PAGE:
The Dynasty Warriors series is incredibly popular. The title's historical setting and 'button-mash to defeat armies' gameplay has spawned 19 games, including an online title and an as-yet unreleased game scheduled for the PlayStation 3. It should come as no surprise, then, that other developers would try to imitate its success. Ninety-Nine Nights (N3) is the result of discarding the strategy and historical setting from Dynasty Warriors , and replacing them with goblins and fan service.

Set in a somewhat forgettable fantasy realm, N3 tells the intertwining tales of seven heroic figures and their fight against the forces of darkness. Beginning with the attractive Inphyy, you slash and hack your way through hundreds and thousands of goblinoid baddies to make the world safe for us human-types. The identical subhuman antagonists come at you in waves of sameness, starting with a few dozen all in a bunch but ramping quickly up to hundreds at a time. As you defeat your foes, you'll gain levels and acquire items to improve your stats. There's no real strategy to be found here, just an RPG-lite beat-em-up with a grand feel.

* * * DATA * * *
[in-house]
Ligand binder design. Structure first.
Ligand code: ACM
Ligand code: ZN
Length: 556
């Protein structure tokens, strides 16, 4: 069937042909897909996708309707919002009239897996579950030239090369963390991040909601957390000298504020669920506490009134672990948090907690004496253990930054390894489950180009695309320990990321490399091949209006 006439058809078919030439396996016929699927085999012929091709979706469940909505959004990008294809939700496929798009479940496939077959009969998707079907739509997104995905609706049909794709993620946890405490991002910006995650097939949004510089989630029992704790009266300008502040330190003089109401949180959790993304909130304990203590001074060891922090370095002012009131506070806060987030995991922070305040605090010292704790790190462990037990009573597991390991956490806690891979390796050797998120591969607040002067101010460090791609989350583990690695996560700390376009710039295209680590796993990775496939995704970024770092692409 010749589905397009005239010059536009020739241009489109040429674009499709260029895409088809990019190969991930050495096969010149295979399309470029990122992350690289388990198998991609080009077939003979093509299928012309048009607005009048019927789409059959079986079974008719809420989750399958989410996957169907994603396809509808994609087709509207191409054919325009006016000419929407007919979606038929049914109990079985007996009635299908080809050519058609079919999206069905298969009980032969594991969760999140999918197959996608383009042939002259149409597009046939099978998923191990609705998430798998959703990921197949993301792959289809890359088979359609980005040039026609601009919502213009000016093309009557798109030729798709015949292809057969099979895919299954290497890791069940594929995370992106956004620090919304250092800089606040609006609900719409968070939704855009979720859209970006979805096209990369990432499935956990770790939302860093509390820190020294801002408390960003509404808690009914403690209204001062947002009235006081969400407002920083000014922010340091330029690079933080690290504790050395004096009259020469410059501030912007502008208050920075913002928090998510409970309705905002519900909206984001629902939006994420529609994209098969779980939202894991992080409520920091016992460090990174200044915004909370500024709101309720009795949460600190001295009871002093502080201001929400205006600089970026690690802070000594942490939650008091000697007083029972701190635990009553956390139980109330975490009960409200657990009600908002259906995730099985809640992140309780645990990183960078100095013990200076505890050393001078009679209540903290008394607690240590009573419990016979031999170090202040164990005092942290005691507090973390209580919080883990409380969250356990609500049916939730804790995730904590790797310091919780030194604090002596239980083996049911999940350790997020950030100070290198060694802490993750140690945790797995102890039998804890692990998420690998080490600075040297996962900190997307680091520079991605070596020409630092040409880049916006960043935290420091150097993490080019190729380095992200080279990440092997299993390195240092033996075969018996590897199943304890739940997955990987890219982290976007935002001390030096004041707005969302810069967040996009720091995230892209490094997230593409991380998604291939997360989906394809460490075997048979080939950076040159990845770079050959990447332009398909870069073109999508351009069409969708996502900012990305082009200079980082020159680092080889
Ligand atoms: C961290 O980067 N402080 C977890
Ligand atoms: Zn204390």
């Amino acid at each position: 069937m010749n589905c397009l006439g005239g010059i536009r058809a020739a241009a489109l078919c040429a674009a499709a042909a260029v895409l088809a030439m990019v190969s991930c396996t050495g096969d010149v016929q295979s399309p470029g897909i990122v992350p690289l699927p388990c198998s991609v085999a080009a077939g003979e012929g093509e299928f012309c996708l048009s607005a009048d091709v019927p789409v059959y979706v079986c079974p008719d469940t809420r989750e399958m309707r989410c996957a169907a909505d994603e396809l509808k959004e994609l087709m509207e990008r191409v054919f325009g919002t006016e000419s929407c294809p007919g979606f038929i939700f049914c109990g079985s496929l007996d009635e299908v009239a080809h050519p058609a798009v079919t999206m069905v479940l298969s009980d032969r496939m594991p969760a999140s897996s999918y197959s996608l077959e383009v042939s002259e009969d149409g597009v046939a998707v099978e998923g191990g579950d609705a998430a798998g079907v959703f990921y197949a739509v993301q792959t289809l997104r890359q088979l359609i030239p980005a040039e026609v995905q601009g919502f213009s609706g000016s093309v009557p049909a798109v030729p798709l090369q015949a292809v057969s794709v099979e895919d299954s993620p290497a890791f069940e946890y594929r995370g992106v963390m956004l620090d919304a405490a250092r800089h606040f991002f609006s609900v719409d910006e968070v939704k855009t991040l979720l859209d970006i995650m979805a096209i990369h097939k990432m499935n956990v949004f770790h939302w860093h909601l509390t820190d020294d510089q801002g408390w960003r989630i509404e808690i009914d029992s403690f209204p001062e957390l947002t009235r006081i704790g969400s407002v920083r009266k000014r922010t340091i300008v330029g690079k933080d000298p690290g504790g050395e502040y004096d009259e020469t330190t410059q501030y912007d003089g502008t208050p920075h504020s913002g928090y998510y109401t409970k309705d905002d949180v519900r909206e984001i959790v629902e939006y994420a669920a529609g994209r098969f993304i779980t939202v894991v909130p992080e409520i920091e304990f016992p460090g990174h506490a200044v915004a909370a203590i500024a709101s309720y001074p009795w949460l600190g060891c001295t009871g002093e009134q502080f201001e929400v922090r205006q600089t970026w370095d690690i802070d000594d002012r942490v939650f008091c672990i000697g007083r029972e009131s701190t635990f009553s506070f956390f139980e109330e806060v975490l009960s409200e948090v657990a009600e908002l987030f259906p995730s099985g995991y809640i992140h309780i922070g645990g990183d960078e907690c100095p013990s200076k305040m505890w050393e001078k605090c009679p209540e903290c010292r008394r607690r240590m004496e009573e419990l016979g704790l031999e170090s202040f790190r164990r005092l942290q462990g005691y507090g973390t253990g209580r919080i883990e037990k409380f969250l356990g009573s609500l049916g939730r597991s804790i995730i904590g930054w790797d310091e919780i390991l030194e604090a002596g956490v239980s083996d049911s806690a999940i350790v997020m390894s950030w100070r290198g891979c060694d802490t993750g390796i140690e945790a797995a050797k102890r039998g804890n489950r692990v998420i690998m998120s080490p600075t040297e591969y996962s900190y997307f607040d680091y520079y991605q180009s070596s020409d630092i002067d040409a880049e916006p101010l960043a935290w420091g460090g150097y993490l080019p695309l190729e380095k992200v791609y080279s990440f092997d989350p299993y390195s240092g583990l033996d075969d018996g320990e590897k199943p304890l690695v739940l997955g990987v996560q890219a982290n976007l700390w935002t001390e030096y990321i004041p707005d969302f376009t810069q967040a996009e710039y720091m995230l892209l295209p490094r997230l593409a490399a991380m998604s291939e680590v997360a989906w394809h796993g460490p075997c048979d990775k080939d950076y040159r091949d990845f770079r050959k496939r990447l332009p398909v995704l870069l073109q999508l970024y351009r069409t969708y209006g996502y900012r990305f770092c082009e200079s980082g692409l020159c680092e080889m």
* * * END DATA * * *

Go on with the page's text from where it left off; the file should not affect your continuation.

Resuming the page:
The scope of the conflict is the most successfully executed part of N3. The 360's graphics do a great job of showing off huge battle maps, hordes and hordes of enemies, extremely shiny attack effects, and well-done character animations. With a few exceptions, the console handles the load without complaint, allowing you the satisfaction of seeing hundreds of opponents fall before you. There's no abstraction here; you'll get to see every single goblin you put down over the course of the game.